A lot of the details about the purported Apple iPhone 6 have already come to light, and assuming the multitude of corroborating stories are more than just the same rumor bouncing around the tech press Echo Chamber (a big assumption, to be sure), it seems likely that Apple is set to announce two iPhones during Tuesday's media event, with a 4.7 and 5.5-inch screen. John Gruber's math on screen resolution seems to work out well, so I'll take the "ultra high" resolution speculation on its face; the alternative of a sub-retina display is certainly not where Apple would go with this.
Let's focus, then, on the other part of the announcement -- one that would justify the "Jobsoleum" (hat tip to @flargh) that Apple erected outside the Flint Center. Rumors, or at least hopeful speculation, about an iWatch have been floating around for the last couple of years, and seem likely to come to fruition today. But much like the conjecture in advance of Apple's 2010 iPad announcement, and even the guesses surrounding the first iPhone in 2007, guessing that there will be an Apple wearable and predicting what such a device would actually look like and do are two very different things.
I find that with Apple, it's often much easier to deduce what it won't do than what it will, so let's start there.
Don't expect a "smart watch." That is, it's highly unlikely that Apple will fall in step with a device that easily lines up with what's been produced before. There were MP3 players before the iPod, smart phones before the iPhone and tablet computers before the iPad. Although some pundits may claim they predicted Apple's entry into each of those previous markets, that's a cheat. In each case, Apple bucked the trend and introduced a device that raised the category to entirely new levels. If Apple does indeed announce a wearable today, it won't be an iteration of the products that defined the category yesterday. In other words, it won't simply be an electronic watch on a strap that connects with your phone to allow you to take calls or read an incoming text. Oh, it will almost certainly do that, but it's what else it will do that will reinvent the device.
My take on it is that it may not just be a wearable at all, but perhaps a line of products. Some may be able to be worn on their own, like a Fitband. But what if they could also be embedded into other accessories or even clothing? That could give them far more utility. Apple's HealthKit certainly hints at a device that can monitor your biometrics, integrating with apps, synced to the cloud. What if they could be integrated into clothes or accessories that could extend their functionality? Nike would certainly be on board with that, as would many others.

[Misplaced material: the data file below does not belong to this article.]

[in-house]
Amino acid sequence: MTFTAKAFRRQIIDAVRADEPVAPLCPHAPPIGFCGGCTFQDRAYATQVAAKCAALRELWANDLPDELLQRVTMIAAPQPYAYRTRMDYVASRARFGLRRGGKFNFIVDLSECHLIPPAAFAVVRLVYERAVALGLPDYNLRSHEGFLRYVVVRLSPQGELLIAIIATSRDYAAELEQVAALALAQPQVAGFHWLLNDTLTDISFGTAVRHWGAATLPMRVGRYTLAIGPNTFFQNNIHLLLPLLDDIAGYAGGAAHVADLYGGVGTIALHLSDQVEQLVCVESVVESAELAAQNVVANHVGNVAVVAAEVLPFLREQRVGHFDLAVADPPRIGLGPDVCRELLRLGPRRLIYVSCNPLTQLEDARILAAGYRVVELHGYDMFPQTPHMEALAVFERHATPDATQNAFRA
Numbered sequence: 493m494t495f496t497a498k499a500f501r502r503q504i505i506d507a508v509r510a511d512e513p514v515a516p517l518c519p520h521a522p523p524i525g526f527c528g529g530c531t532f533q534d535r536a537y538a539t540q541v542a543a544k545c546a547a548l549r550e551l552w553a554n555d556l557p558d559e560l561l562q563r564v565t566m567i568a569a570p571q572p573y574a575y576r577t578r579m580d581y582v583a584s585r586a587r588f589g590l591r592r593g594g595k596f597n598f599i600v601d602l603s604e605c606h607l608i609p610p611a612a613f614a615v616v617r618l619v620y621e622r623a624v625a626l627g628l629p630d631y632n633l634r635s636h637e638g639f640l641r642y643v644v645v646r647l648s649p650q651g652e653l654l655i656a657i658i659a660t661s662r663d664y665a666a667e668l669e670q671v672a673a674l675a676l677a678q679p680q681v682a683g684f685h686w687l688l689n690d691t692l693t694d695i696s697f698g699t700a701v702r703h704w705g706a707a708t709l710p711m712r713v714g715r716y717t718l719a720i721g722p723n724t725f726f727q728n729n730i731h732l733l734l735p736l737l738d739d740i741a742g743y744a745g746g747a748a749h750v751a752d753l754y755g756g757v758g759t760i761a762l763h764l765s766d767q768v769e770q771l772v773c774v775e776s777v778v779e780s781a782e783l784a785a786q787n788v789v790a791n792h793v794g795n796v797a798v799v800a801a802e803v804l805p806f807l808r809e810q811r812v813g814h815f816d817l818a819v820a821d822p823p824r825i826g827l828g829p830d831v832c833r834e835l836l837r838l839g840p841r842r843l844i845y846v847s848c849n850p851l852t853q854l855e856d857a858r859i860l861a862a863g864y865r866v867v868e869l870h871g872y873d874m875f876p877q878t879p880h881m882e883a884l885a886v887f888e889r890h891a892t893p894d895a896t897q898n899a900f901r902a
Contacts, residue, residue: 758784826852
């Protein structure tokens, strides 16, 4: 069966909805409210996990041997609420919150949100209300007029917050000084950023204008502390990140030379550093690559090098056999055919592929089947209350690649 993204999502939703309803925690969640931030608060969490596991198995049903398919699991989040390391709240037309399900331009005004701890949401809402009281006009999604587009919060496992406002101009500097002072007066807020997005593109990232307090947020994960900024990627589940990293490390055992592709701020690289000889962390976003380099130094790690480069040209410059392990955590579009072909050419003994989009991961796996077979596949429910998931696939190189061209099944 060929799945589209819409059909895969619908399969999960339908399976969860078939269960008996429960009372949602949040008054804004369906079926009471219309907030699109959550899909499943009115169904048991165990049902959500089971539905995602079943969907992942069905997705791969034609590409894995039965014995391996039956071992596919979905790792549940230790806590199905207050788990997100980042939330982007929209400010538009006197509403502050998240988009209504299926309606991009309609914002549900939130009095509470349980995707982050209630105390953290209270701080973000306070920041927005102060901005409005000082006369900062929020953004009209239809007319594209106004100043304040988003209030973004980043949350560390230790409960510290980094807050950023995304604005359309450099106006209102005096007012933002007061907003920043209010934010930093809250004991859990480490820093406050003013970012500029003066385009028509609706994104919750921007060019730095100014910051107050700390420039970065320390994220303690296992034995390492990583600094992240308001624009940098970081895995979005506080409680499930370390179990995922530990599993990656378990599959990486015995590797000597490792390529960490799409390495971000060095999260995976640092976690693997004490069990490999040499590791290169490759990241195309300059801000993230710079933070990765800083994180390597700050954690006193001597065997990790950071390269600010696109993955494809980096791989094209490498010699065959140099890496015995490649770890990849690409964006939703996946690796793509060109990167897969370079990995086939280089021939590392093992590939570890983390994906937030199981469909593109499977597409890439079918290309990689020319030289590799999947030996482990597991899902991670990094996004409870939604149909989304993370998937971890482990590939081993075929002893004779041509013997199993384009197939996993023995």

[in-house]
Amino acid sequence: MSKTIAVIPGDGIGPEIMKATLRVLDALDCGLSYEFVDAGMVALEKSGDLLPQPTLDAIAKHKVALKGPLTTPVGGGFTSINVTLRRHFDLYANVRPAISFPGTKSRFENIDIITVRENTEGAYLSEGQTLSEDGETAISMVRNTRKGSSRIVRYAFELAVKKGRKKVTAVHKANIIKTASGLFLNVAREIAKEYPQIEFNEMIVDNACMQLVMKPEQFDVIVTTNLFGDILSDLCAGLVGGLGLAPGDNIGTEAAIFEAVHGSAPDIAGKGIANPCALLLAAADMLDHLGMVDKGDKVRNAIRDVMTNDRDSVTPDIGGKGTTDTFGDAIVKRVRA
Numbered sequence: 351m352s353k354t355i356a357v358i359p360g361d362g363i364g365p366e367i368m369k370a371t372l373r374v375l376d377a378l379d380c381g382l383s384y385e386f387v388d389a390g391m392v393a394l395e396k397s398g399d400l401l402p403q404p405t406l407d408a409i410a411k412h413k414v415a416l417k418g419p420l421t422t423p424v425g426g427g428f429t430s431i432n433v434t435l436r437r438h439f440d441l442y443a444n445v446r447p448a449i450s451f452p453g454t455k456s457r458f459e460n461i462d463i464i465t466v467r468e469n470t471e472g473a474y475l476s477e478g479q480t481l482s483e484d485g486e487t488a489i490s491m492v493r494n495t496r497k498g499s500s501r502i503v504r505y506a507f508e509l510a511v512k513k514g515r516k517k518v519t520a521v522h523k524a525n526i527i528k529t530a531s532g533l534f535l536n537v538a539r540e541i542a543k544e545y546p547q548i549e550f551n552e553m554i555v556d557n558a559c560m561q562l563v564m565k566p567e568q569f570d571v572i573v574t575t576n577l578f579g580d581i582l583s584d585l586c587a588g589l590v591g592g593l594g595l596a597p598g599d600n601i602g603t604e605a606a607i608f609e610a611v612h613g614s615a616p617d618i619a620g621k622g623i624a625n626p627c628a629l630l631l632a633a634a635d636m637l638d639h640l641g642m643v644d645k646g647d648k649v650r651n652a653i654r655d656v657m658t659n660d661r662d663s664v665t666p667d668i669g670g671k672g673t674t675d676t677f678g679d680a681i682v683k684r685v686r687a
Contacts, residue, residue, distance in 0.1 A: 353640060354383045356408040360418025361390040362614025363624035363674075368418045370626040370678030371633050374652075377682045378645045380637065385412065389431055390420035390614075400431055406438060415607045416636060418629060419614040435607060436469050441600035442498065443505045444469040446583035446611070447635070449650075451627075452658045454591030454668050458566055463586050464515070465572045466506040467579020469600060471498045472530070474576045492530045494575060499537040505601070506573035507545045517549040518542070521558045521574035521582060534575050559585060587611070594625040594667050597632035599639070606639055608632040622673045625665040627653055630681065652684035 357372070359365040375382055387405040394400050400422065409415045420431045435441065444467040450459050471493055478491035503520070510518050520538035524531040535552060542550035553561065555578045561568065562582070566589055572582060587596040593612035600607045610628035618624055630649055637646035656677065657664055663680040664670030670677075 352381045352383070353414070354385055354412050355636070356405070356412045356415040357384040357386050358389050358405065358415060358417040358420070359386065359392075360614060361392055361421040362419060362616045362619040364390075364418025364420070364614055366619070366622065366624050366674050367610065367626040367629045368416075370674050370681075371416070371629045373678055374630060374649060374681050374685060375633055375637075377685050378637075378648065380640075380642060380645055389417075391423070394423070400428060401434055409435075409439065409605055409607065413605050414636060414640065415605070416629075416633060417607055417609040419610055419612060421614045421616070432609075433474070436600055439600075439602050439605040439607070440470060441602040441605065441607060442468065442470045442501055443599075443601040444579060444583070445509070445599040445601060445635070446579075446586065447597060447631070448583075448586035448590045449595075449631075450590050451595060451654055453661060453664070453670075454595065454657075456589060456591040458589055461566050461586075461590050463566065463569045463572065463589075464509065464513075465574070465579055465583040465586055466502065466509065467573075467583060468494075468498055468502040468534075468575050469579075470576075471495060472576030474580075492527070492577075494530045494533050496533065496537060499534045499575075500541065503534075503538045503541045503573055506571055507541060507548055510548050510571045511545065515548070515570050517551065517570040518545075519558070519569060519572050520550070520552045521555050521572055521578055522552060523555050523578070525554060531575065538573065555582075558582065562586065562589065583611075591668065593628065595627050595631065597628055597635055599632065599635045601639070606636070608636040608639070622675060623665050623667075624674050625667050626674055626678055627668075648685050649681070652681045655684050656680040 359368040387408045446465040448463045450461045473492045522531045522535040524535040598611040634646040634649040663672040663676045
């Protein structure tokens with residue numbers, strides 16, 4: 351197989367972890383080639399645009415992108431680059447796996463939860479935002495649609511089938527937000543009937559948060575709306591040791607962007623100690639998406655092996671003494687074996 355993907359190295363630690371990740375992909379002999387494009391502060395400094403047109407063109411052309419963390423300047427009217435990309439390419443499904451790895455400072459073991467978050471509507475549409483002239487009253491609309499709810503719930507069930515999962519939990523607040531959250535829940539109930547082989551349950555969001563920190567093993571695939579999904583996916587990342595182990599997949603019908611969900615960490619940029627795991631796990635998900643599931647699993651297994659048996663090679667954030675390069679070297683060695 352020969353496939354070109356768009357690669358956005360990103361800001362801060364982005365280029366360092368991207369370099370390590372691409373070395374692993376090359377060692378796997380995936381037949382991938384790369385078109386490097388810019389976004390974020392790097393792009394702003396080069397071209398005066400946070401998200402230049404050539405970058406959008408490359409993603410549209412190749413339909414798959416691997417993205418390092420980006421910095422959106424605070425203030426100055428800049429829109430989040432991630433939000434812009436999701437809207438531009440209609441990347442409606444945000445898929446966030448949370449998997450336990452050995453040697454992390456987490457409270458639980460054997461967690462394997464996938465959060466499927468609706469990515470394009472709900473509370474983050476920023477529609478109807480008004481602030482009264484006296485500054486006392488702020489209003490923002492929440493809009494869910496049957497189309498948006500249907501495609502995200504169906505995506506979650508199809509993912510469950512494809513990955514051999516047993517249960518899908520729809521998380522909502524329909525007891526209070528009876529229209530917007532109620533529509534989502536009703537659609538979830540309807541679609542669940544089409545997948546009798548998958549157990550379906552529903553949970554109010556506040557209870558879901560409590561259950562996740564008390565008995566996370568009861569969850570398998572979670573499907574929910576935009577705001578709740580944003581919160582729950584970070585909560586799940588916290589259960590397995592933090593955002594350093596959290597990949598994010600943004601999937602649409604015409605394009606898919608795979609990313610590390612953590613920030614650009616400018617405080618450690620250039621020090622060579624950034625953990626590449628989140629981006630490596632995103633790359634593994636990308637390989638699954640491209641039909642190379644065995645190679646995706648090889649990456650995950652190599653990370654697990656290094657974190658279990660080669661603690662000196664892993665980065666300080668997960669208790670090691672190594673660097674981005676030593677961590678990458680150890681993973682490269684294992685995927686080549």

Payment processing has also been speculated, and would work well in this environment. I'd long been skeptical that Apple would embrace NFC -- or near field communication -- but evidence suggests that might now be the case. Or perhaps iBeacon or some other implementation of Bluetooth Low Energy would work as well.
Might an iWatch support FaceTime? Perhaps, although I wonder about the quality of video streaming and the impact on battery life.
A much improved version of Siri ("Wish we could say more") is also likely to make an appearance, as well as support for Apple's other big new iOS 8 technology, HomeKit. Imagine never having to dig for your house keys because your door automatically unlocks as you approach (and turns on your lights when you walk in your house.
What would the screen of an iWatch look like? I doubt it would be an always-on affair, with a digital rendition of an analog face. More likely (and better for the battery life) would be a screen that comes to life when you need it -- when a call or text comes in or when you lift your wrist to look at it.
I see Apple's wearable not so much as an extension of your phone, but one of your life -- or at least lifestyle. It connects not so much with your iPhone but with the Internet of Things.
Apple's gift has always been more than stacking features onto its devices, but enabling us to do things we hadn't been able to do before. Even more than that: to enable us to do things we hadn't thought of doing before. That's the magic; that's what Apple's competitors have been so unable to copy.
One more thought about timing and availability: A lot of the recent rumors have been speculating that whatever wearable is announced today won't be available until next year. John Gruber has posited that may because the device will need some sort of regulatory approval that necessitates a pre-announcement.
I wonder though if it's due more to Apple's success. As Apple becomes more popular it requires production on a much larger scale. That means more people who know, more components in the pipeline and more opportunities for leaks. Perhaps an earlier- than-usual announcement is Apple's way of keeping its ability to deliver a big surprise.
We've seen it for at least the last two releases of the iPhone. Despite Apple's "doubling down" on secrecy, leaked photos and part for both the iPhone 5 and 6 have become common. When you're ramping up production in the millions, it's just harder to keep all those things under wraps. In announcing the new device (I like the idea of an "iPod w" or something along those lines, by the way), Apple still controls when it gets unveiled, and how. The company gets first dibs on how it's described, to whom it's shown and who gets to review it first: Tech-savvy, Apple-friendly critics like Walt Mossberg and David Pogue rather than some guy who sets up a YouTube channel.
Time will tell, and quite little of it remains to wait for the answers. When they come later today, I expect to have gotten some of this right, a lot of it wrong, and the parts of most lasting significance completely unforeseen.
See you at the announcement.